I agree with the plaintiff that the defendant’s subjective belief in the truth of the information relied upon in publishing the defamatory statements is insufficient to meet this factor. However, I cannot ignore the difficulty a lone journalist, who believes his previous WeChat accounts have been cancelled by the Chinese government, would have in authenticating official Chinese government documents. Nor can I ignore the inherent difficulties this Court might face in deciding what reliance could be placed on oaths or certifications provided by Chinese government authorities. I repeat that I find the defendant’s belief in the accuracy and authenticity of the documents to be genuine, and reasonable. I add that viewing the documents, they at least have the appearance of “official” documents. Thus, even though the documents were not admitted for their truth because of the lack of authenticity, I find the preceding reasons establish that there was a moderate degree of reliability of the defendant’s sources, which is somewhat consistent with the defendant being diligent.
...it is relevant that the plaintiff relied completely on the presumption of falsity for his claims. It is inconceivable that he did not understand that the defendant relied primarily on what he believed to be “official” Chinese government documents to support many of his allegations, including about tax evasions and unpaid debts. The plaintiff took the position that the presumption relieved him of the obligation to produce documents that would tend to prove or disprove a material fact. Thus, he did not produce his Canadian tax returns or any document whatsoever backing up his claim that he sold 100% of his interest in the Linyang Company in 2006. Nor did he produce any kind of document to verify the information he claimed he received from the Chinese officials that there is no such thing as a “List of Dishonoured”. Because I found the plaintiff’s credibility to be impaired, the lack of these documents takes on greater significance. In my view, that is relevant to the defendant’s ability to rely on this defence.
I find that the defendant satisfied the first element of the defence of responsible communication: the defamatory statements were a matter of public interest. I also conclude that the public importance of the topics weighed more in favour of concluding the communication was responsible. I found that the defendant was justified in including the defamatory statements in the Articles, and that delaying publication would not have assisted in verifying the truth. The Articles addressed topics that were moderately serious requiring a moderate degree of diligence. I concluded that a consideration of the status and reliability of the sources, taking into account all circumstances and complexities of this case, was consistent with the defendant being diligent.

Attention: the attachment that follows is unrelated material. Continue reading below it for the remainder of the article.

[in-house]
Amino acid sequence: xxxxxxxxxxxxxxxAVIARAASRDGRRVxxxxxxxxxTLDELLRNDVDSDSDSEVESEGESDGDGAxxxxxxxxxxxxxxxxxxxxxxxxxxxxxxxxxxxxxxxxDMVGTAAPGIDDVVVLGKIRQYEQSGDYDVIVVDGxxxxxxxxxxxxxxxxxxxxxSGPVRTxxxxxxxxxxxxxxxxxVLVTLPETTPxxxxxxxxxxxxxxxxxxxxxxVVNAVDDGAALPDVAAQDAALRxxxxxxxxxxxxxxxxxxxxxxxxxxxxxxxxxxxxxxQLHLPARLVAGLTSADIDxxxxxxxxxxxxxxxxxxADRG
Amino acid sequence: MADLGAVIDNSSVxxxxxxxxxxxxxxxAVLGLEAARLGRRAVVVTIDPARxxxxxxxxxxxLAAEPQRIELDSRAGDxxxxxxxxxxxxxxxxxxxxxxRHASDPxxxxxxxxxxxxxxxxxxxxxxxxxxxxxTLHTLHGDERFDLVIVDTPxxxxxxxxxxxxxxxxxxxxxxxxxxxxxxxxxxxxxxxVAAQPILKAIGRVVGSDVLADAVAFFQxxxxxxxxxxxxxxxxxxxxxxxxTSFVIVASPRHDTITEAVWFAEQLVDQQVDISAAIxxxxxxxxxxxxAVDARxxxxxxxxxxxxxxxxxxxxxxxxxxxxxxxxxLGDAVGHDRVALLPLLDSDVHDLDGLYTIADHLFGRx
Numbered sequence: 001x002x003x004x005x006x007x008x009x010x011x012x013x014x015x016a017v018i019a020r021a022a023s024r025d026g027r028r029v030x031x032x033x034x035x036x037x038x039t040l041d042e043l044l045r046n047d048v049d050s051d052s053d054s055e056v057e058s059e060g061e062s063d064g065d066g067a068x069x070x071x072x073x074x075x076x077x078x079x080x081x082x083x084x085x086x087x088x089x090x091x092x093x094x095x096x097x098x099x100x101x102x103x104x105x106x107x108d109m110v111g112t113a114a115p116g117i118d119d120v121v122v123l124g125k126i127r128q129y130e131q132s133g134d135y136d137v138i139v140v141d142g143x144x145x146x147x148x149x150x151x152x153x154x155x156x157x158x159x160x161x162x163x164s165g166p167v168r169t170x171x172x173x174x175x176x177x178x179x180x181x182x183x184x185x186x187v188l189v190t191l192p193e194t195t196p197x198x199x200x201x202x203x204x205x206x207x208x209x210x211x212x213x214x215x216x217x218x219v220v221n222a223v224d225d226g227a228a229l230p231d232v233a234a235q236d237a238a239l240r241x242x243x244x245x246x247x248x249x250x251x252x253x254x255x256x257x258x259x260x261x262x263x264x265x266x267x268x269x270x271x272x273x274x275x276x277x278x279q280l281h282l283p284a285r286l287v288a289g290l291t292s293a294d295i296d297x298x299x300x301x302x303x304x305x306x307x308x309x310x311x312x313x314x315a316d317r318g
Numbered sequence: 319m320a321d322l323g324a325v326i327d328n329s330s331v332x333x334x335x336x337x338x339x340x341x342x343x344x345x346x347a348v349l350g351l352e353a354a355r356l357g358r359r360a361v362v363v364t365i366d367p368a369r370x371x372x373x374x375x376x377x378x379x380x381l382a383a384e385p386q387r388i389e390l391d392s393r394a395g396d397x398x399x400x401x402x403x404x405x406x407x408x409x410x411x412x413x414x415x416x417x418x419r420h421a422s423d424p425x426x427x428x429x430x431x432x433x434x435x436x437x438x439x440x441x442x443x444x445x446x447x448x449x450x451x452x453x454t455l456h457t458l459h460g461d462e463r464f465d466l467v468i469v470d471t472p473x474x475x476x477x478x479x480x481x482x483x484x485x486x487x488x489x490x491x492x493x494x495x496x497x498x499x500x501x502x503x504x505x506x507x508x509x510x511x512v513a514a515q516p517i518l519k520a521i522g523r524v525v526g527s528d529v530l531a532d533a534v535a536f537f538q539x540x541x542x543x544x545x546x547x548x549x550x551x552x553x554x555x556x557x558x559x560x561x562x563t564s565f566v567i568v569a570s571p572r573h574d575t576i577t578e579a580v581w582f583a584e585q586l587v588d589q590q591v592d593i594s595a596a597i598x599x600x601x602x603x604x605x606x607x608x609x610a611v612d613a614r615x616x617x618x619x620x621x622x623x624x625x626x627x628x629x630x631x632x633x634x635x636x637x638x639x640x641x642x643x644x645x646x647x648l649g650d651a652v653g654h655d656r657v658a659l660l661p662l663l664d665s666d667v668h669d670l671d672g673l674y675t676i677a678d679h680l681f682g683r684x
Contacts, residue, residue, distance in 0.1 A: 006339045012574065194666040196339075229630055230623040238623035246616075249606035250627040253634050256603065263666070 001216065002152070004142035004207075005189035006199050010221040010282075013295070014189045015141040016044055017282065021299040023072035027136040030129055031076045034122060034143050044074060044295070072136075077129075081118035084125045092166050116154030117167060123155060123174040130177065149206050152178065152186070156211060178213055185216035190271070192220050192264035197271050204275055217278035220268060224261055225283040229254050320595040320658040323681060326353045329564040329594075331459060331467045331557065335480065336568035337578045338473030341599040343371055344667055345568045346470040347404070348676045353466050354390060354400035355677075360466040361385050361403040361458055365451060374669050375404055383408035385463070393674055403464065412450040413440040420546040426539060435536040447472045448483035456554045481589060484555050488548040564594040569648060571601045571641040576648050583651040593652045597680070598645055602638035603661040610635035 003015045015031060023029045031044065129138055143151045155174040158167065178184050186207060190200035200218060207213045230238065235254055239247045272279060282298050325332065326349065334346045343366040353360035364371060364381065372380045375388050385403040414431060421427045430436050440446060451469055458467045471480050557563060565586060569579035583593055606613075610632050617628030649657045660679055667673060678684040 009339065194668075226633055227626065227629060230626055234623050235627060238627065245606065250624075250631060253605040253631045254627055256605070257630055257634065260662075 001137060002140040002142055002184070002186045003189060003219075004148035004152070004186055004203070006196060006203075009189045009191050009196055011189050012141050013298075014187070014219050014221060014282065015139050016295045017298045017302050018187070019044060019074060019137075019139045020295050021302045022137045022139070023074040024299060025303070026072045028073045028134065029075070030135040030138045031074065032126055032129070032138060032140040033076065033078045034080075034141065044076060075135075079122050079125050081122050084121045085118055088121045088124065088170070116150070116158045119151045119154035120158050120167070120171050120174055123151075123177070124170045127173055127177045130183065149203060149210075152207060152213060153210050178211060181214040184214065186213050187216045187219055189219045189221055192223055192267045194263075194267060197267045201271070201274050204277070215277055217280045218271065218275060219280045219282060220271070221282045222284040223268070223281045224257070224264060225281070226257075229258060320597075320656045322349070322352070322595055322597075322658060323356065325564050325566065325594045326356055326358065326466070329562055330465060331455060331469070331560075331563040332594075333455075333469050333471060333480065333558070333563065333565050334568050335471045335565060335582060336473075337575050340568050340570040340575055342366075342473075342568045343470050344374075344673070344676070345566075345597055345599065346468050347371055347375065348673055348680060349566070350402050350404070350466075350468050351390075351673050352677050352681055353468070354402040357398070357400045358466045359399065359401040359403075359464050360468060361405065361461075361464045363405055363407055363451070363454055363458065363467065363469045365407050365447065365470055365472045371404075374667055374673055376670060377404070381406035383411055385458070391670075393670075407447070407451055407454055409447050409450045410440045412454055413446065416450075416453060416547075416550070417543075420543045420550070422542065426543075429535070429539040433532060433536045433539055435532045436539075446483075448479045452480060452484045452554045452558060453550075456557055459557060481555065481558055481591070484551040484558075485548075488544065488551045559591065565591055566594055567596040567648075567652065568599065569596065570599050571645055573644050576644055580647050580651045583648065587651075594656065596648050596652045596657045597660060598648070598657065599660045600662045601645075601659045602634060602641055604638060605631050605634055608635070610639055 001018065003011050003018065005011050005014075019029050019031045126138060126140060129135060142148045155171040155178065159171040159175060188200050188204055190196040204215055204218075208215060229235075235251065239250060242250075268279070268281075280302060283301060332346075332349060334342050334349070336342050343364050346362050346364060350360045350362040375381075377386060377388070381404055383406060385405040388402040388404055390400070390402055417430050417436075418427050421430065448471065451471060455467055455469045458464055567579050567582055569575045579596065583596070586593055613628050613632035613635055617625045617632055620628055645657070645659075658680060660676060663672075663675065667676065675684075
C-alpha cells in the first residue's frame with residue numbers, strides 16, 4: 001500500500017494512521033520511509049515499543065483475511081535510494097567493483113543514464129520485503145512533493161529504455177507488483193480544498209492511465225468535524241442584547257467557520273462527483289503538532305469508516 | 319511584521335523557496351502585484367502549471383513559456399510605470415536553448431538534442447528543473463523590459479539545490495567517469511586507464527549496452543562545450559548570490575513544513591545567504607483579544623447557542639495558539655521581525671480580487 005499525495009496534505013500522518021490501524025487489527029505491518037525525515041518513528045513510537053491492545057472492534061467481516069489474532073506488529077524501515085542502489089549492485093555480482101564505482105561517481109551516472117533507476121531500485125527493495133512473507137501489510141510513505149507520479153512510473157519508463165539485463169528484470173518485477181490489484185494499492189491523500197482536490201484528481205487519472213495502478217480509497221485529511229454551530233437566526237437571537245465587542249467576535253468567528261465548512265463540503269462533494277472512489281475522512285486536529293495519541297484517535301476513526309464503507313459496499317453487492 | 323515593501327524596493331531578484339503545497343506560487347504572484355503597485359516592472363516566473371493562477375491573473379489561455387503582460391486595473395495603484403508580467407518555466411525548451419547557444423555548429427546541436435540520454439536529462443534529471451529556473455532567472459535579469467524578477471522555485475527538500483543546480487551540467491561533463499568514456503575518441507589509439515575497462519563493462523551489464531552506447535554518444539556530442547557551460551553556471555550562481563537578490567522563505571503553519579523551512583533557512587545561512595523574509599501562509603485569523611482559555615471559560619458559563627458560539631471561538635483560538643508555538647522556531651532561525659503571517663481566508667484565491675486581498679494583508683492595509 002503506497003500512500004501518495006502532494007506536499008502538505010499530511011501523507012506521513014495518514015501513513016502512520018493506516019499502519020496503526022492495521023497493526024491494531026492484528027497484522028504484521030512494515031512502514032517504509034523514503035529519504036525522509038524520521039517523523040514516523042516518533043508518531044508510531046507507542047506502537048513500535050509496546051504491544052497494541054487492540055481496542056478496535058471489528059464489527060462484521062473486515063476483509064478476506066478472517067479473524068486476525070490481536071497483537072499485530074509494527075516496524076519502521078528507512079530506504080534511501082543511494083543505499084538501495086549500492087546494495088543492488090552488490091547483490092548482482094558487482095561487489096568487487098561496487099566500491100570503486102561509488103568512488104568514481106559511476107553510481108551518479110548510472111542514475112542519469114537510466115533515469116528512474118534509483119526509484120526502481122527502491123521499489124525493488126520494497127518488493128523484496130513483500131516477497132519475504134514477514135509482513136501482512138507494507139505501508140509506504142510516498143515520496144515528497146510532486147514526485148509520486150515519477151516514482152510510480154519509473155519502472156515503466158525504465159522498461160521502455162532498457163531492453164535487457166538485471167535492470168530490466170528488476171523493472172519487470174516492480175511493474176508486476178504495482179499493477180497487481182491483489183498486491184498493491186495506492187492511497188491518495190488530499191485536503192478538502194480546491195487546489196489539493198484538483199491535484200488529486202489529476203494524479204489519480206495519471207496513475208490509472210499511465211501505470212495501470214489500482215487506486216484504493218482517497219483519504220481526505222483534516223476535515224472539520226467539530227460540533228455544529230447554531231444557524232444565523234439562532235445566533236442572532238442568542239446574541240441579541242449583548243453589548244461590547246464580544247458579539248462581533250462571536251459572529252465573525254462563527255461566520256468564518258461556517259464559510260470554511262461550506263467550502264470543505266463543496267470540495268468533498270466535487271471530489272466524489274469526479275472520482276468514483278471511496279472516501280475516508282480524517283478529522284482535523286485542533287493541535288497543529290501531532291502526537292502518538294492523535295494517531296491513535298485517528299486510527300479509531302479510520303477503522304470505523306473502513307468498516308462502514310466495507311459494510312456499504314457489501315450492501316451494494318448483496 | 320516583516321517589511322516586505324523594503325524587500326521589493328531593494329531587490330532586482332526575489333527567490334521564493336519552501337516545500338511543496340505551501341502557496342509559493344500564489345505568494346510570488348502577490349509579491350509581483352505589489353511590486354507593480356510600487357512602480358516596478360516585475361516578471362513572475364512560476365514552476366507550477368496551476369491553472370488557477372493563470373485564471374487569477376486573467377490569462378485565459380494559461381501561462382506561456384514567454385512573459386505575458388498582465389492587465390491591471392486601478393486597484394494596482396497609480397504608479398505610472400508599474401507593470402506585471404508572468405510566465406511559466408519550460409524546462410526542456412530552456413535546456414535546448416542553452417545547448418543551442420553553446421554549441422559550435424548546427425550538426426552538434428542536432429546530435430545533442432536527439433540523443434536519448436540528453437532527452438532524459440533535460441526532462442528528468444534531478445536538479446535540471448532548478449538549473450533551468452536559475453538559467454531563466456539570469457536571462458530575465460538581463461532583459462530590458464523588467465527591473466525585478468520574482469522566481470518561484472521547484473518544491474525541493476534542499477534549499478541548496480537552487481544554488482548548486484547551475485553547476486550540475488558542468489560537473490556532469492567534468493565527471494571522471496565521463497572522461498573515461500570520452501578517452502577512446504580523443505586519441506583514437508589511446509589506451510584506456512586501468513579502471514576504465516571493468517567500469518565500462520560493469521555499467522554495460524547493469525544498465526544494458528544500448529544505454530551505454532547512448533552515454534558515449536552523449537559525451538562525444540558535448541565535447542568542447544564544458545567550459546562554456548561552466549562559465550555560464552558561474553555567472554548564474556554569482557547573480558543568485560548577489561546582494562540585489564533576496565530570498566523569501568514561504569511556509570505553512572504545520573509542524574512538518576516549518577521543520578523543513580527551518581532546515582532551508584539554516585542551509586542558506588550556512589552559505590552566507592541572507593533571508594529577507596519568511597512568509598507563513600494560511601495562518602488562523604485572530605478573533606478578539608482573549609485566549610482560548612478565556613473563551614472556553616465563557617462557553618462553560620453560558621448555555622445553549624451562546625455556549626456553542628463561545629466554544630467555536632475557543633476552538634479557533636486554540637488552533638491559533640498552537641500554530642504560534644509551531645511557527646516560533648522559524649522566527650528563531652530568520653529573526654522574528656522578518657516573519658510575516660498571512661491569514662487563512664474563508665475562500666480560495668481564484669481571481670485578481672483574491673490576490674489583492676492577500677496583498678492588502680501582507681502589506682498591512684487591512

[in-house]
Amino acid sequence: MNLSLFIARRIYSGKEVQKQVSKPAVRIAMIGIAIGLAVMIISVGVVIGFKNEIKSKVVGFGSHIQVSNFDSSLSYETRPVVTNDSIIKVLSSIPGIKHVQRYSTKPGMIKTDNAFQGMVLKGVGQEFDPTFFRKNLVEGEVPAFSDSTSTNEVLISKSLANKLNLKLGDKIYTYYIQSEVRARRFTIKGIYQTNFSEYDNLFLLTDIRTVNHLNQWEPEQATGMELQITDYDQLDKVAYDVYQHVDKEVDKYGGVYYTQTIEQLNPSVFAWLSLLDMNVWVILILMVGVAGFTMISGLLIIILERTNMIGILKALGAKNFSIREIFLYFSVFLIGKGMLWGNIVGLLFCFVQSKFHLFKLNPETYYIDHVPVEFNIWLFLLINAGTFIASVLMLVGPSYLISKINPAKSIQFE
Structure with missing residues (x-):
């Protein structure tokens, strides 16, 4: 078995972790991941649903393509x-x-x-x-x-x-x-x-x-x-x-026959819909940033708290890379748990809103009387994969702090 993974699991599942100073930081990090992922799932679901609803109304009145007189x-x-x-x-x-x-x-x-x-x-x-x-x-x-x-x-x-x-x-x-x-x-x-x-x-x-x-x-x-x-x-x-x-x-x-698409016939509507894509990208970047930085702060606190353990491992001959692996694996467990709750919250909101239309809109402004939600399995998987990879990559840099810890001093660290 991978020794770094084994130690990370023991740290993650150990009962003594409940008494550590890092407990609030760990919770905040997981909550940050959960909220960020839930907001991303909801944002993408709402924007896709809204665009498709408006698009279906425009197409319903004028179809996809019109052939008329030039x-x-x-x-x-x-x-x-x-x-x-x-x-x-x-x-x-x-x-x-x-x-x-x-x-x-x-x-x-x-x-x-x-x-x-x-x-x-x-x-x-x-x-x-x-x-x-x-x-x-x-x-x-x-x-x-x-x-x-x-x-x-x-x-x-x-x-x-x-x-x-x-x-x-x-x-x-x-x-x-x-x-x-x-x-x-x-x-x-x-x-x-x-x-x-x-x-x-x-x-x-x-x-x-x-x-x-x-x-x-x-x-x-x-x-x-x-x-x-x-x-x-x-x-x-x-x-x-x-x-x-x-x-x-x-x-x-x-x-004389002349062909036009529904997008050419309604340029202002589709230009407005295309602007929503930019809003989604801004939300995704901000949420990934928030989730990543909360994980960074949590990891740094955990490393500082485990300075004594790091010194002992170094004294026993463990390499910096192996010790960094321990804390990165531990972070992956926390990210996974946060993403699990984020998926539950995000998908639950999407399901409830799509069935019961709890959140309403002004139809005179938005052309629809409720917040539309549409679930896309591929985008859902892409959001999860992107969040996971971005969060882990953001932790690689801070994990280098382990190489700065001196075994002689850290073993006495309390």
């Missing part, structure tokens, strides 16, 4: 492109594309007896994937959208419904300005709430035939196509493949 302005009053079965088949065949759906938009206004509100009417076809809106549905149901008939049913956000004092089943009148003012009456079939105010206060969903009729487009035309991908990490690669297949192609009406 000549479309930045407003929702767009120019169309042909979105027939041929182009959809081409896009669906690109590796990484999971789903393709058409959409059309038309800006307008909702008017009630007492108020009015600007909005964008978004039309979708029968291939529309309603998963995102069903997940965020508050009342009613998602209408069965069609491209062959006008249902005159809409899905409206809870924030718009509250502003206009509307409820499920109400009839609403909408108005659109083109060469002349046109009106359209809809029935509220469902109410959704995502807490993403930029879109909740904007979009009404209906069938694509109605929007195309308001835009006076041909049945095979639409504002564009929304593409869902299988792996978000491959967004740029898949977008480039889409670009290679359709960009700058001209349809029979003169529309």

...I am concerned by the defendant’s failure to contact the plaintiff to receive and then report his reaction to the Articles, and the defendant’s insistence that such a step was unnecessary. The Supreme Court of Canada did not state that any one factor was determinative, but it acknowledged not all factors are weighed equally. I note that the Supreme Court of Canada did not state that this factor was a necessary aspect to successfully invoke this defence, and it could have done so.
The essence of the defence is whether the author has been diligent. The defendant did not cite any difficulty or barrier to contacting the plaintiff directly before publishing Article One. Rather, he believed he was under no obligation to do so. I do not find that is consistent with the defence of responsible communication. While this factor is not a necessary condition for the defence, I conclude the absence of a reasoned explanation for even attempting to contact the plaintiff, deprives the defendant of this defence.
Last modified on 10 December 2018, at 11:12